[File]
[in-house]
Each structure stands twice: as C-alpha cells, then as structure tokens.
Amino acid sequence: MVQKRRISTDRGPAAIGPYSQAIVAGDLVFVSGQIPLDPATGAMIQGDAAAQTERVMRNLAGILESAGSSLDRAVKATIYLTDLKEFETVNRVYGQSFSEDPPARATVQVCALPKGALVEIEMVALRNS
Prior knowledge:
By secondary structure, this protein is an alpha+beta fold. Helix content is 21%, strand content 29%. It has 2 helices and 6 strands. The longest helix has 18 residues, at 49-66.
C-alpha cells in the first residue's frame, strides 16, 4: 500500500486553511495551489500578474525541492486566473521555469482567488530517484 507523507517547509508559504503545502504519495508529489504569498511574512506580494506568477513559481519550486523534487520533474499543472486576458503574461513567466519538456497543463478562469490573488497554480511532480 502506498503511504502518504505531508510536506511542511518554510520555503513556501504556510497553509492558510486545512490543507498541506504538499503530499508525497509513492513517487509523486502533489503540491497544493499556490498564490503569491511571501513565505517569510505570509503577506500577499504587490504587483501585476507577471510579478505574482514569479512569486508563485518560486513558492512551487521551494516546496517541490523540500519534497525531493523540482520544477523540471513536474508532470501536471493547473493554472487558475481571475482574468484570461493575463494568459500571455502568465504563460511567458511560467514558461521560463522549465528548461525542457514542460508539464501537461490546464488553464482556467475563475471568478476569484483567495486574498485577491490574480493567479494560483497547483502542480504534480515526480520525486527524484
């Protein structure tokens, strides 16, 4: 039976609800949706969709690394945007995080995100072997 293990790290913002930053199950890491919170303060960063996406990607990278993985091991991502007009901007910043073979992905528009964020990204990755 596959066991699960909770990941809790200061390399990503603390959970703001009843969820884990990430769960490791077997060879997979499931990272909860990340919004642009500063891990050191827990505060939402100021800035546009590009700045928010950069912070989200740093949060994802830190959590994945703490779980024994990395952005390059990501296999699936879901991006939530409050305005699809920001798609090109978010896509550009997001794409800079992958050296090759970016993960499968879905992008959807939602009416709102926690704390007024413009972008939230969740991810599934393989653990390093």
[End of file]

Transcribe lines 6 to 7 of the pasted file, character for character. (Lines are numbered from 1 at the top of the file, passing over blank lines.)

C-alpha cells in the first residue's frame, strides 16, 4: 500500500486553511495551489500578474525541492486566473521555469482567488530517484 507523507517547509508559504503545502504519495508529489504569498511574512506580494506568477513559481519550486523534487520533474499543472486576458503574461513567466519538456497543463478562469490573488497554480511532480 502506498503511504502518504505531508510536506511542511518554510520555503513556501504556510497553509492558510486545512490543507498541506504538499503530499508525497509513492513517487509523486502533489503540491497544493499556490498564490503569491511571501513565505517569510505570509503577506500577499504587490504587483501585476507577471510579478505574482514569479512569486508563485518560486513558492512551487521551494516546496517541490523540500519534497525531493523540482520544477523540471513536474508532470501536471493547473493554472487558475481571475482574468484570461493575463494568459500571455502568465504563460511567458511560467514558461521560463522549465528548461525542457514542460508539464501537461490546464488553464482556467475563475471568478476569484483567495486574498485577491490574480493567479494560483497547483502542480504534480515526480520525486527524484
């Protein structure tokens, strides 16, 4: 039976609800949706969709690394945007995080995100072997 293990790290913002930053199950890491919170303060960063996406990607990278993985091991991502007009901007910043073979992905528009964020990204990755 596959066991699960909770990941809790200061390399990503603390959970703001009843969820884990990430769960490791077997060879997979499931990272909860990340919004642009500063891990050191827990505060939402100021800035546009590009700045928010950069912070989200740093949060994802830190959590994945703490779980024994990395952005390059990501296999699936879901991006939530409050305005699809920001798609090109978010896509550009997001794409800079992958050296090759970016993960499968879905992008959807939602009416709102926690704390007024413009972008939230969740991810599934393989653990390093």